How birds beat the heat Part 2 of 3
Sep 14, 2018
How birds beat the heat
Part II of III
Birds keep their cool in other ways too. They squish their feathers down flat to get rid of insulating air. Or, they erect their plumage to take advantage of the cooling power of a passing breeze. Soaring birds may hop thermals that carry them to cooler altitudes. Songbirds seek out shady spots and become as inactive as possible. Shorebirds stand in water for long periods during hot summer days. Their unfeathered, naked legs are uninsulated – perfect for shedding heat and conducting coolness.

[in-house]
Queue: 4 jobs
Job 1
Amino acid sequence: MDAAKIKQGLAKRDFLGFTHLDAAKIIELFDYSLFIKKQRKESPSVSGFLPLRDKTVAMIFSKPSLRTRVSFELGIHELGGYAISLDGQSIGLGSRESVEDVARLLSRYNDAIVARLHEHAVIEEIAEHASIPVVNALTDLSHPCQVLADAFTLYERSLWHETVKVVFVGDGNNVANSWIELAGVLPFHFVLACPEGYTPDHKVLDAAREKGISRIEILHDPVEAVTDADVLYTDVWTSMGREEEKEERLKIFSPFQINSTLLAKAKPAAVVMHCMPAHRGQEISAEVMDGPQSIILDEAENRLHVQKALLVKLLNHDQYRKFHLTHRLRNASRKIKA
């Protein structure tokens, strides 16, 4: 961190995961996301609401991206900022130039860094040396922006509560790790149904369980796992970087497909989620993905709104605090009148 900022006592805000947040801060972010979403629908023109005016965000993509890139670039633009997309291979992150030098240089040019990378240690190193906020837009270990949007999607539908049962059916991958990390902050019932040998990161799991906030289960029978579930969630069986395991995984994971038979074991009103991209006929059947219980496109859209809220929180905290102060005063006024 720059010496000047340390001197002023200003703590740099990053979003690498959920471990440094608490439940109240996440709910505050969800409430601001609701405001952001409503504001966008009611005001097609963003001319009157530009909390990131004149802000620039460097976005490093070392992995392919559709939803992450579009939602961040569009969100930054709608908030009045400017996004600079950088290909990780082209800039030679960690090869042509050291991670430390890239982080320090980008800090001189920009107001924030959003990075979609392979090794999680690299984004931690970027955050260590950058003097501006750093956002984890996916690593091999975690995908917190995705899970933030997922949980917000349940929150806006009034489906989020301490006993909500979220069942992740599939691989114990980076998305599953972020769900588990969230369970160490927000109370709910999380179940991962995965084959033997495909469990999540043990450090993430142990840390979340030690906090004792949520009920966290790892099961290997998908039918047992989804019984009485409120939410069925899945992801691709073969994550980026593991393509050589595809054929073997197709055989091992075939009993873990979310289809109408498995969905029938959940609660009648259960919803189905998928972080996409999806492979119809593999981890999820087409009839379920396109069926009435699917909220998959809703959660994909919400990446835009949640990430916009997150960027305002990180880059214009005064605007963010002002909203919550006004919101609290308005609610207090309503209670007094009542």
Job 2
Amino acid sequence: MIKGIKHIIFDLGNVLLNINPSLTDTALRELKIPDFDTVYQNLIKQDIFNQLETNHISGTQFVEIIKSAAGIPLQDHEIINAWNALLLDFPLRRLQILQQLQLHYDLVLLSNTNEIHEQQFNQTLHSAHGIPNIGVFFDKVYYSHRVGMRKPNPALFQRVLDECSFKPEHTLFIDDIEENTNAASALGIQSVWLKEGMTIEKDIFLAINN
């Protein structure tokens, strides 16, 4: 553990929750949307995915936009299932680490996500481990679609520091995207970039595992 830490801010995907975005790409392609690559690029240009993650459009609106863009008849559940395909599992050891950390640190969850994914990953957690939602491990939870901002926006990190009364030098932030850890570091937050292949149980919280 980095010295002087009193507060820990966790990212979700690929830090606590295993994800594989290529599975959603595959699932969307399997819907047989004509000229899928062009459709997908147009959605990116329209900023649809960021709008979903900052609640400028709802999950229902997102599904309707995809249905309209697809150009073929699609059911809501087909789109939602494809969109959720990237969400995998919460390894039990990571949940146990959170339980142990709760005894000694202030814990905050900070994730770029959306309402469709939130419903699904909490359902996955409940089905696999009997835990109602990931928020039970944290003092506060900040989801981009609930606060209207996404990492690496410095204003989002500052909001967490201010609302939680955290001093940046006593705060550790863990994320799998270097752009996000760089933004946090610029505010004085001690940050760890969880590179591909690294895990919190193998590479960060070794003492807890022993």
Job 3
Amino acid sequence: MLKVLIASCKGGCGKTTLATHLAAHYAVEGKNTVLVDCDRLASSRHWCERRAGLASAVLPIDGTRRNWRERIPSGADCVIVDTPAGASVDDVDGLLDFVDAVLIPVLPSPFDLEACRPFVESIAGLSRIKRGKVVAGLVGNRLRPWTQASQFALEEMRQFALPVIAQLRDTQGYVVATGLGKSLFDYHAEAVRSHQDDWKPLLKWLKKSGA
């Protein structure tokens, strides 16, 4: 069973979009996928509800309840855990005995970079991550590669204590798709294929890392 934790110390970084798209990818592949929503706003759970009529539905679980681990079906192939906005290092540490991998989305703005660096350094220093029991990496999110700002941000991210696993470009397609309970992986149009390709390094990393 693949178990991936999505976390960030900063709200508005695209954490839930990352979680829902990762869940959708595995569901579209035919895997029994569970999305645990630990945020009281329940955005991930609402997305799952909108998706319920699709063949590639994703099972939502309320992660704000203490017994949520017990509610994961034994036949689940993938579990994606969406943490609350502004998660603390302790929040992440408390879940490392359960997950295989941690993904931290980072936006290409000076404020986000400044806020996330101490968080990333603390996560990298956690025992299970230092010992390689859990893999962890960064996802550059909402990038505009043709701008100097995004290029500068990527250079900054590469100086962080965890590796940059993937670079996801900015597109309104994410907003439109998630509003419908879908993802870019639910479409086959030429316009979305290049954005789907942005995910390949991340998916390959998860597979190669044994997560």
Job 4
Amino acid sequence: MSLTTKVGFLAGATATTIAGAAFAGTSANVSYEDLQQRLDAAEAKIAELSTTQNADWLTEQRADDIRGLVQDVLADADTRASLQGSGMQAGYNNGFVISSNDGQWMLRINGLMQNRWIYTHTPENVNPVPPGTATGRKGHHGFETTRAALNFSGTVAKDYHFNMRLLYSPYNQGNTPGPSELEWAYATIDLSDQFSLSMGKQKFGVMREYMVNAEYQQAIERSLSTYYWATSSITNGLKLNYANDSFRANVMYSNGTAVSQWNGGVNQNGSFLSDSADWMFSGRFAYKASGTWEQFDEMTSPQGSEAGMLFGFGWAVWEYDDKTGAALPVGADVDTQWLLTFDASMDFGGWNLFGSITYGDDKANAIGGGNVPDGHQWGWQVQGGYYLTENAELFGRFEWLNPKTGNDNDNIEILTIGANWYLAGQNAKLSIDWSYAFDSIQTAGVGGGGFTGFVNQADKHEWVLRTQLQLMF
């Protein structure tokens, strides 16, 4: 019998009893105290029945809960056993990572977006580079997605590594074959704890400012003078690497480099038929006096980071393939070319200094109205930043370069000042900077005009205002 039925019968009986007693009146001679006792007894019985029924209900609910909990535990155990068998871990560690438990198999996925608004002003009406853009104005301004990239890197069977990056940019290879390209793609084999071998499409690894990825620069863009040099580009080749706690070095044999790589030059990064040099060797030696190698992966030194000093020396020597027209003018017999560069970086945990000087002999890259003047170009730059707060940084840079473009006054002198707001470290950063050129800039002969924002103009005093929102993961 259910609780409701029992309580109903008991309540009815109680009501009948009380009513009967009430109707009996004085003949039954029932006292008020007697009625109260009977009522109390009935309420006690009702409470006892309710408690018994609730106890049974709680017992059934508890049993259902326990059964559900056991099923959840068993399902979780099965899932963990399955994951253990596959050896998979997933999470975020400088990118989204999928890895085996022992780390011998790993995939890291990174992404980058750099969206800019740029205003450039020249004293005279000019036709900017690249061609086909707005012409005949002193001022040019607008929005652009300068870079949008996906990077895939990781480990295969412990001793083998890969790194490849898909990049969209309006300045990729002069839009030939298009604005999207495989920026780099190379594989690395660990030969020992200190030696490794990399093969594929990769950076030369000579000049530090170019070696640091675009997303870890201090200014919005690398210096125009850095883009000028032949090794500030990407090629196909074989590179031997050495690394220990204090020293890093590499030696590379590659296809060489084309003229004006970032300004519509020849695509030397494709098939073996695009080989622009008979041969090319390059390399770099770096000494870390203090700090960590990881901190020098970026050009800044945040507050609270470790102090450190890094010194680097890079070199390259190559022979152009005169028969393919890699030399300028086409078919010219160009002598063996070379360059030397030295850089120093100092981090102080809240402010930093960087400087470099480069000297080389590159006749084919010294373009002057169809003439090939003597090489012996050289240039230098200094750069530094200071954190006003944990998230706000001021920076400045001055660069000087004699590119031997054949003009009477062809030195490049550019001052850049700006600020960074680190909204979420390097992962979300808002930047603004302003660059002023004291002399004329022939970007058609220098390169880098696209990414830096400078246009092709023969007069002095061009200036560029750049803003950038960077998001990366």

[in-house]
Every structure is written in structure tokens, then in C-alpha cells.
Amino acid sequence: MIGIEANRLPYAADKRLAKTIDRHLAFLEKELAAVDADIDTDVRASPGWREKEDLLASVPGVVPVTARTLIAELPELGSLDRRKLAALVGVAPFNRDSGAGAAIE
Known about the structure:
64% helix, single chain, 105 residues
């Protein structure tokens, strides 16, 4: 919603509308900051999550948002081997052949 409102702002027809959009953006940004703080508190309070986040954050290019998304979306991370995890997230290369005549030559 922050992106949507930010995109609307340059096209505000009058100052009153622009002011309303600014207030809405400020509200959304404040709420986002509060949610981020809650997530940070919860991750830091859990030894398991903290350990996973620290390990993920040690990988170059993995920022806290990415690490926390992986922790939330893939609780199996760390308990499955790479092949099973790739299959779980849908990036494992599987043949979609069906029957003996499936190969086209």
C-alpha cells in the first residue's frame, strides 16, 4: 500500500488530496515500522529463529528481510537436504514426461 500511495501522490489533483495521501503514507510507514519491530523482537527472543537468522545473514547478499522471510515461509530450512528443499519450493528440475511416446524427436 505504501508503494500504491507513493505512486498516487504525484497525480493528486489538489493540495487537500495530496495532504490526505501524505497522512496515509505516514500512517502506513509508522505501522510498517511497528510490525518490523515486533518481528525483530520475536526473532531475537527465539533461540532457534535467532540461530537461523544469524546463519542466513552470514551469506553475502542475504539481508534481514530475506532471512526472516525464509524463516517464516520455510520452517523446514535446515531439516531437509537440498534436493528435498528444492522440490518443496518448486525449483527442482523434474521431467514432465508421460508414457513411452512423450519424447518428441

Hummingbirds also show a lot of leg when it’s hot. Hummingbirds have the highest metabolic rate of any animal: thus, they generate a lot of heat. Add the heat of a summer day plus heat generated by these feathered dynamos, and you could have a recipe for disaster. In order to shed heat and maintain a constant body temperature (about 104 degrees F), hummingbirds usually slow down, limit their quest for nectar sources, perch quietly, and fully expose their feet and toes to the air. Heat radiates from their exposed skin, and passing breezes cool the birds down.
Next time: Even more techniques!